After Jefferson' death the Monticello collection was transferred to the University of Virginia, where it was first exhibited in the Rotunda. The American naturalist Richard Harlan recorded seeing the collection in 1831, and that same year one fossil from the university was lent to the American Philosophical Society for study there.9 No record of the fossil collection at the university exits after 1848 and many surviving specimens today remain unidentified.10
The specimens given to the American Philosophical Society were transferred to the Academy of Natural Sciences in Philadelphia in 1849, where over fifty bones from Jefferson's collection remain today.11
- Text from Stein, Worlds, 400, 402
- Academy of Natural Sciences. "Ancient Bison (Bison antiquus)." See also the ANS's picture gallery, which has an image of the bison fossil discussed above.
- Hedeen, Stanley. Big Bone Lick: The Cradle of American Paleontology. Lexington, Ky.: University Press of Kentucky, 2008.
- Thomson, Keith Stewart. The Legacy of the Mastodon: The Golden Age of Fossils in America. New Haven, Conn.: Yale University Press, 2008.
- 1. Notes ed. Peden, 43-44.
- 2. Meriwether Lewis to Thomas Jefferson, October 2, 1803, in Donald Jackson, ed., Letters of the Lewis and Clark Expedition (Urbana: University of Illinois Press, 1978), 1:126-131.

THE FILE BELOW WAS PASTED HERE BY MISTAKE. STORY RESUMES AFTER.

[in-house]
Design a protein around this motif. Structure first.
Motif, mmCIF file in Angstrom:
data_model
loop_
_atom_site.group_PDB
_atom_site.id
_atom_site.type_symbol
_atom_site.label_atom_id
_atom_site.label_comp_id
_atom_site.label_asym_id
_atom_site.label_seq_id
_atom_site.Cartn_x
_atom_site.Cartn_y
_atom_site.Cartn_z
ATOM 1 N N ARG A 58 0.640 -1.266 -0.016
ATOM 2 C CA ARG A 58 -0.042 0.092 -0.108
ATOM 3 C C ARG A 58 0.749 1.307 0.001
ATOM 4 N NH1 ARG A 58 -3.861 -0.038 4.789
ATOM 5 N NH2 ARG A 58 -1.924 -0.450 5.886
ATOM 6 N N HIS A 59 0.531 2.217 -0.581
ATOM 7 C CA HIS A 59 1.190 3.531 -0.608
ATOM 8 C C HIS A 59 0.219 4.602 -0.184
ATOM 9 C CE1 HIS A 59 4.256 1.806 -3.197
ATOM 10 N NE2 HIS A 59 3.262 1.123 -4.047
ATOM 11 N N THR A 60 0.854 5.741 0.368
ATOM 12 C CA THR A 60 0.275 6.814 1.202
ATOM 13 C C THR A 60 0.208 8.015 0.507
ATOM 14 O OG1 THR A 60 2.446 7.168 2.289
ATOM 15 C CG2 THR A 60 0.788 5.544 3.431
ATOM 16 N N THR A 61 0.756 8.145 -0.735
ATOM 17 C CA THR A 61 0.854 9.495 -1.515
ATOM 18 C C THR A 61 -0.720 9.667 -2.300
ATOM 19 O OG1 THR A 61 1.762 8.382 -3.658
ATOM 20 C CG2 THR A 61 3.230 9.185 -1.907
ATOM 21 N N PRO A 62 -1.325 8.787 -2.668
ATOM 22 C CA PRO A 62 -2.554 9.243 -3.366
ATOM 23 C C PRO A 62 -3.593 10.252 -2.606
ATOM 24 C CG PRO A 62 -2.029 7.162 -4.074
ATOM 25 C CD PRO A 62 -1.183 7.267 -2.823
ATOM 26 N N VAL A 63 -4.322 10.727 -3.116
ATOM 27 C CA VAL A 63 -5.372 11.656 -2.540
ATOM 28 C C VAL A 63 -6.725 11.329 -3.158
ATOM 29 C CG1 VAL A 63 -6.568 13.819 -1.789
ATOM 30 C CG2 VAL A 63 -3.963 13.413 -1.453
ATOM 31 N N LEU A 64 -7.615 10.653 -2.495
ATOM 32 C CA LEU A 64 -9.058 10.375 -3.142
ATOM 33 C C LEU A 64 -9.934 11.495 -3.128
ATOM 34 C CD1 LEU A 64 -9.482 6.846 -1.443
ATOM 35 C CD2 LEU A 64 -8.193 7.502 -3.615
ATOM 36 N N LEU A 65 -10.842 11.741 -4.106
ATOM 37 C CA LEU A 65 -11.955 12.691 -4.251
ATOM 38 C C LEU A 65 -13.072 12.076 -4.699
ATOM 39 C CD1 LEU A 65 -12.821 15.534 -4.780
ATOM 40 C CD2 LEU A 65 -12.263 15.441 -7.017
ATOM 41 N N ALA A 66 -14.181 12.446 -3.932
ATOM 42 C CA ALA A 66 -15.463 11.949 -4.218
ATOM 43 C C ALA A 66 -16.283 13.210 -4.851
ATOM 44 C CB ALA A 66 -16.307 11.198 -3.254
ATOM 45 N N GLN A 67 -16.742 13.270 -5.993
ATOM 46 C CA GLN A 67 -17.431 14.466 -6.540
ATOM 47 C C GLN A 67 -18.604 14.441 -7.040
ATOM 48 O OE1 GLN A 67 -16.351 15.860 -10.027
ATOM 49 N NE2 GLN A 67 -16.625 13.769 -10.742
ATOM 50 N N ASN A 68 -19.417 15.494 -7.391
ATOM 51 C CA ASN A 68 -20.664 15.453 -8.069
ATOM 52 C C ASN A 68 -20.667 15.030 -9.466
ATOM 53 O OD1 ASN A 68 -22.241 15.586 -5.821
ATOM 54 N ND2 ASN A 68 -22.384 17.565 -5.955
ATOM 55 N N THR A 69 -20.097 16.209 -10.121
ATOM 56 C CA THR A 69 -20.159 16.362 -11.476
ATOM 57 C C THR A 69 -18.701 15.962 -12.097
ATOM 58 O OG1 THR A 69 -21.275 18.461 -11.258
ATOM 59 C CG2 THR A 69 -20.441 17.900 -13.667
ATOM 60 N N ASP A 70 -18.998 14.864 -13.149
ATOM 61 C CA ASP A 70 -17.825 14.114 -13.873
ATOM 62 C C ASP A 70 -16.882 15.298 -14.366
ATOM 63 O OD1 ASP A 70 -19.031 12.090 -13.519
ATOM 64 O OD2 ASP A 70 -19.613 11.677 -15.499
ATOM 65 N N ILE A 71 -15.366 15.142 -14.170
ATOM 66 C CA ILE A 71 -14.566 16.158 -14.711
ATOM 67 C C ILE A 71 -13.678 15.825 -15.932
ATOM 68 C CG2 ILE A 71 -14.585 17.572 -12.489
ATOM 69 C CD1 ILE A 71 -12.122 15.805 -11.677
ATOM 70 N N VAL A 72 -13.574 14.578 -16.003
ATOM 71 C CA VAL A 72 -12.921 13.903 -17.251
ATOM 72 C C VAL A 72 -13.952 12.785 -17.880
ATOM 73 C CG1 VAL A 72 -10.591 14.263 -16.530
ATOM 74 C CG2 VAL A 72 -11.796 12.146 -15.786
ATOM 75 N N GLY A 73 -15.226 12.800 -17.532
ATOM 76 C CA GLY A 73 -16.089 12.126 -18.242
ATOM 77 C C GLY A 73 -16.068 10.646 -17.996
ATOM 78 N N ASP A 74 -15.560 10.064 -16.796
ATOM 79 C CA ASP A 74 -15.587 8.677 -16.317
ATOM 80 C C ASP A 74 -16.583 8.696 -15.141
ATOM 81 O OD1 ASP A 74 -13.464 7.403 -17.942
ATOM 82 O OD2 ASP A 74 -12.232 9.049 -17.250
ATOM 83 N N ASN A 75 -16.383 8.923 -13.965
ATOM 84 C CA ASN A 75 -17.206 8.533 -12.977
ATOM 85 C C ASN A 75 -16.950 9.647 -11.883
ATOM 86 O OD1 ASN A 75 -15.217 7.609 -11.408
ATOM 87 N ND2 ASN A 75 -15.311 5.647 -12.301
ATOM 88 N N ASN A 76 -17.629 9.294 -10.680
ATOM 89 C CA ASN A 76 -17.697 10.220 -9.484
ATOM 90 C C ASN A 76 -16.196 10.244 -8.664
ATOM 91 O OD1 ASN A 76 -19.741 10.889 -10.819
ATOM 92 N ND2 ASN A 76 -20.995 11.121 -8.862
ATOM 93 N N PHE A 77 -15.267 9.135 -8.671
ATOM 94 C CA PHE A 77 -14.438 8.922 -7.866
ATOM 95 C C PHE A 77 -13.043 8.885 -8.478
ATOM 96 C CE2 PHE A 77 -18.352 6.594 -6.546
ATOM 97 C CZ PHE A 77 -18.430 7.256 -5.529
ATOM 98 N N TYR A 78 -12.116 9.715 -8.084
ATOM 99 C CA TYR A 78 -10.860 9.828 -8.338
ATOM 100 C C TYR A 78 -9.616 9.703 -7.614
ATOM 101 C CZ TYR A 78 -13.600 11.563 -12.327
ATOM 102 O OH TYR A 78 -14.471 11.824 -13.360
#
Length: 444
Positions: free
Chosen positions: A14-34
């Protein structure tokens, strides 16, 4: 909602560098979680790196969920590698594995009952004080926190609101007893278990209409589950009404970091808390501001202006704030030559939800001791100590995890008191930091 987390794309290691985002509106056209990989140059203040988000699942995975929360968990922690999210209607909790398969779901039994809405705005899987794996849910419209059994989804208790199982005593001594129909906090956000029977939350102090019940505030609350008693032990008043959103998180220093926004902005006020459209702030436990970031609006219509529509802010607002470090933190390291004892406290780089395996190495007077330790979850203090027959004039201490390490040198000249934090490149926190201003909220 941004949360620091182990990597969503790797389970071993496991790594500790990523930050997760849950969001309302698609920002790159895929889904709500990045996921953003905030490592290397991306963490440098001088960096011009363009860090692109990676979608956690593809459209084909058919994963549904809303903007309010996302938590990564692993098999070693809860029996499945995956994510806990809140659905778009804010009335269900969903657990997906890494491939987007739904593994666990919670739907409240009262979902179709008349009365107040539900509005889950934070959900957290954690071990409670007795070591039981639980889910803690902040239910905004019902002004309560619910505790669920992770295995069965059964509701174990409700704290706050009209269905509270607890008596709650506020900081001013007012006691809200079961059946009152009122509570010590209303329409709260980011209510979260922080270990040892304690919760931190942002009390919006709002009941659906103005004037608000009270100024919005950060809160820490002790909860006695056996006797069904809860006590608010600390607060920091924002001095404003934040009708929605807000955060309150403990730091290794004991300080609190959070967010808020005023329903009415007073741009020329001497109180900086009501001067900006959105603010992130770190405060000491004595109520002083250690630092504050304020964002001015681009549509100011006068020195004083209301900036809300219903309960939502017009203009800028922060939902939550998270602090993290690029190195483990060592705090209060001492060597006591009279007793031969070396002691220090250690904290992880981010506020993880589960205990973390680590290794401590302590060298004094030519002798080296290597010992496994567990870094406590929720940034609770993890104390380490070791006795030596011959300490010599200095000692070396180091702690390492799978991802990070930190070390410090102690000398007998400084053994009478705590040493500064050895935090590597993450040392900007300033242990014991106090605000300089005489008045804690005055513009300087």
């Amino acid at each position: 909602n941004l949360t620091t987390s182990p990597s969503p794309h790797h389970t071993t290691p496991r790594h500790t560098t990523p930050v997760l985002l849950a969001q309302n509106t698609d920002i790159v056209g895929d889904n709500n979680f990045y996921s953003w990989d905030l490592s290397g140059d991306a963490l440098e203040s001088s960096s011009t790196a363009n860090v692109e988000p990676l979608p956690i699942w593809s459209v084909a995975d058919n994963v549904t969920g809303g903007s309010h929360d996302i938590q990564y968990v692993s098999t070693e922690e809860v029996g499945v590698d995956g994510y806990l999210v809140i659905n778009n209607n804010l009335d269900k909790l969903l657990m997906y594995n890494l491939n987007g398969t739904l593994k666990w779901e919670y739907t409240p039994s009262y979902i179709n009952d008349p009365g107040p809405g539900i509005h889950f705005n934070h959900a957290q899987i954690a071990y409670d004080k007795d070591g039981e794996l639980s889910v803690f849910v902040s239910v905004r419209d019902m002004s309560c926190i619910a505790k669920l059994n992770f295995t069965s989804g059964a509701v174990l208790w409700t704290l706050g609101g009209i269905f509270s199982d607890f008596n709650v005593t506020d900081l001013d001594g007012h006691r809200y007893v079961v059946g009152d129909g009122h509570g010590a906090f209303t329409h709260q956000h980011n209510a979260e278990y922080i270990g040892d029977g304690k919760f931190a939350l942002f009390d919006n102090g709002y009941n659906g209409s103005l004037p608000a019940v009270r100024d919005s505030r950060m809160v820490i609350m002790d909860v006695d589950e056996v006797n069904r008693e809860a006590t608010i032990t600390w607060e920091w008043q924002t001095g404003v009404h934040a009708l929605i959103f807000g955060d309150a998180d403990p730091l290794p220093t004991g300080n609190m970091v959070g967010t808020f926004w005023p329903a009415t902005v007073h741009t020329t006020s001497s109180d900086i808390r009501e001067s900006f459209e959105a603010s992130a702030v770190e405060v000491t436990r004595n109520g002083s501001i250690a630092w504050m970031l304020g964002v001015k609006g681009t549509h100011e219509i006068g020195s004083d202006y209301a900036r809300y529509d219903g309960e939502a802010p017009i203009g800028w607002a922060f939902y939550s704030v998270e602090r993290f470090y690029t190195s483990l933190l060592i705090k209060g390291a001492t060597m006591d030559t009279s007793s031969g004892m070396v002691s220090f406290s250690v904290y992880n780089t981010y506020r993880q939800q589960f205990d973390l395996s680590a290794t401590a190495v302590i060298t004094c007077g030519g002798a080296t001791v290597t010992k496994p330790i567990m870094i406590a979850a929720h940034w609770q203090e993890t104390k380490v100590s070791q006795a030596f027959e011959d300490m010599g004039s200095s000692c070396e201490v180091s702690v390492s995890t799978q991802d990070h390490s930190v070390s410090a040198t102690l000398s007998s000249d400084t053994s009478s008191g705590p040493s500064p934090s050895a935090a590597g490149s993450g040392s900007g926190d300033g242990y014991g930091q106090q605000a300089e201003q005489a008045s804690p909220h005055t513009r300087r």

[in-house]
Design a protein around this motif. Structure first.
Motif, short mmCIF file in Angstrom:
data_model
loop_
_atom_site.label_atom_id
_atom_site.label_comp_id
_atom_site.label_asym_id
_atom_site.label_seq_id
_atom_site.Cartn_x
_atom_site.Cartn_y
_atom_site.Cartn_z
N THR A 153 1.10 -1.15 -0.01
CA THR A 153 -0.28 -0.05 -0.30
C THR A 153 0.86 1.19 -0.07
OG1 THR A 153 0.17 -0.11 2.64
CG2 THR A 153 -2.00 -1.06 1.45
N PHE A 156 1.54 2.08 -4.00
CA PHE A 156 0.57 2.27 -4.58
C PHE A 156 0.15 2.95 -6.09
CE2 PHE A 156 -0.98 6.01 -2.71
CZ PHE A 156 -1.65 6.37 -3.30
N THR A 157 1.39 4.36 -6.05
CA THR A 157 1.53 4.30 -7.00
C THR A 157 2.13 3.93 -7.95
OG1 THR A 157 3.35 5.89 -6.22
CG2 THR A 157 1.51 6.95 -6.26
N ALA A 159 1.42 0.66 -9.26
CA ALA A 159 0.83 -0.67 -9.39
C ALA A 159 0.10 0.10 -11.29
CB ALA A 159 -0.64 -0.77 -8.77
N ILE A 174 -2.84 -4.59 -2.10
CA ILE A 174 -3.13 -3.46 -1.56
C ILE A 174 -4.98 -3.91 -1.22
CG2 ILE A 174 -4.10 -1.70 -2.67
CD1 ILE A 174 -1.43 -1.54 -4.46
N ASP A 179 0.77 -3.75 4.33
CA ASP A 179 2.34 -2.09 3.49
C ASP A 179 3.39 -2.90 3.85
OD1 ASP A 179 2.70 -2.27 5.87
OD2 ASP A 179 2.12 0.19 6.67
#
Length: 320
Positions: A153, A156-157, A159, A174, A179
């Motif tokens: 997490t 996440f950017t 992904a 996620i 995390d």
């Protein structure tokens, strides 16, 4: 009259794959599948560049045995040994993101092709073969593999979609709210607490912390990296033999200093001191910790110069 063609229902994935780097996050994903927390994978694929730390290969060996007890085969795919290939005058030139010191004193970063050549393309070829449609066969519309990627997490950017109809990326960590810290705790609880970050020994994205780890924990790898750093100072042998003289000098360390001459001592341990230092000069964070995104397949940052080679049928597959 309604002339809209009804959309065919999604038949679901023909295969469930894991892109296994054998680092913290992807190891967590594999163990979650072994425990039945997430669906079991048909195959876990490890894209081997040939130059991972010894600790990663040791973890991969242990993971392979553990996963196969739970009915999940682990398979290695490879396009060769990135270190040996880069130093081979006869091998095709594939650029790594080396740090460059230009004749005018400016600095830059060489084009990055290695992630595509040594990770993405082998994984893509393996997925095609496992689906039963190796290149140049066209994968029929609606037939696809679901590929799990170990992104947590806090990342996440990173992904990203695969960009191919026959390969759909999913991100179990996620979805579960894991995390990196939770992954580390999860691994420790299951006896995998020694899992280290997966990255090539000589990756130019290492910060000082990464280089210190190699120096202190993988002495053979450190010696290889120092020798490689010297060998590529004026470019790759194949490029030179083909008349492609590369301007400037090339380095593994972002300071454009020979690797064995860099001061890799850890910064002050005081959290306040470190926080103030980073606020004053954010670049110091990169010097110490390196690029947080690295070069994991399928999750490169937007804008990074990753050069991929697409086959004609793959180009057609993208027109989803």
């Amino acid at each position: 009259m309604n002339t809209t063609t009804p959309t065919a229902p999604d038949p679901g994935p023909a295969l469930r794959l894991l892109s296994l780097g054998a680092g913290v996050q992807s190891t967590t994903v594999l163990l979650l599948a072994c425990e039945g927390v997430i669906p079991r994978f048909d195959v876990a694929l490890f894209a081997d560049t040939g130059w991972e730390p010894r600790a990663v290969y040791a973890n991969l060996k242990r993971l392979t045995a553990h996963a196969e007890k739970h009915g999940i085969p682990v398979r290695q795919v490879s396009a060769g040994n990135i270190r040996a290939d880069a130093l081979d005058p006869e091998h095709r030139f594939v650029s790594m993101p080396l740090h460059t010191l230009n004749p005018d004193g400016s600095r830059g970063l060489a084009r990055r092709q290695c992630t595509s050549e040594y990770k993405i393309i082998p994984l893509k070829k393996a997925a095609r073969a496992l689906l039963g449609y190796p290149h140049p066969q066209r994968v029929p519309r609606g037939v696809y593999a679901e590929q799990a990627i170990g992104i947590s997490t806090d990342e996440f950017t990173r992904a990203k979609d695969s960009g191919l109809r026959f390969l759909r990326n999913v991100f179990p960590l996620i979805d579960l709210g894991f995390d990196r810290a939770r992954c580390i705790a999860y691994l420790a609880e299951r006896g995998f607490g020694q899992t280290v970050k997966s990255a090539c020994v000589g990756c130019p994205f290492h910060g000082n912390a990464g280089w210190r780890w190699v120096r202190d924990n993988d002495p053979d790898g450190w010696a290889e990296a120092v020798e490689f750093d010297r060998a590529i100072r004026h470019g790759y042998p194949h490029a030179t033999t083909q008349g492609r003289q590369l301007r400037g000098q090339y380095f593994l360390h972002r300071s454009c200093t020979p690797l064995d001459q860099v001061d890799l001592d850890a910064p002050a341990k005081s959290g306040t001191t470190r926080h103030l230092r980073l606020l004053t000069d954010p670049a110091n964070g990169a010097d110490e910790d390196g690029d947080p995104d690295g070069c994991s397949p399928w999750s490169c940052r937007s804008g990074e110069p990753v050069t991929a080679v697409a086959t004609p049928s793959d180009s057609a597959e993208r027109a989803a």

- 3. Jefferson's Memorandum Book entry for February 9, 1808 records a payment of $199.66 for Clark's dig: Jefferson to David Ross, February 24, 1807, Colonial Williamsburg; Peale's Mastodon is discussed in Charles Coleman Sellers, Mr. Peale's Museum (New York: W.W. Norton & Co., 1980), 123-158.
- 4. Jefferson to Clark, December 19, 1807, in L&B, 11:404-405.
- 5. For more information see Howard Rice, "Jefferson's Gift of Fossils to the Museum of Natural History in Paris," Proceedings of the American Philosophical Society 95 (December 1951): 597-627.
- 6. Ibid, 620-621.
- 7. Jefferson to Caspar Wistar, Washington, December 19, 1807. Thomas Jefferson Papers, Library of Congress. Polygraph copy available online.
- 8. Several visitors to Monticello, such as Baron de Montlezun and Lt. Francis Hall, mention seeing Mastodon bones in the Entrance Hall. Montlezun and Hall's visits are included in Peterson, Visitors, 68-39, 74.
- 9. Richard Harlan, Medical and Physical Researches (Philadelphia: Lydia R. Baily, 1835), 409. University of Virginia Board of Visitors Minutes, July 11, 1831, vol. 1, 260, University of Virginia. Isaac Hayes published a paper on the Society's bones including the specimen from the University of Virginia in the 1834 volume of the Society's Transactions.
- 10. University of Virginia Board of Visitor's Minutes, vols. 1-3, University of Virginia.
- 11. Silvio Bedini, Thomas Jefferson and American Vertebrate Paleontology, Virginia Division of Mineral Resources, Publication 61 (Charlottesville: Department of Mines, Minerals and Energy, 1985), 17.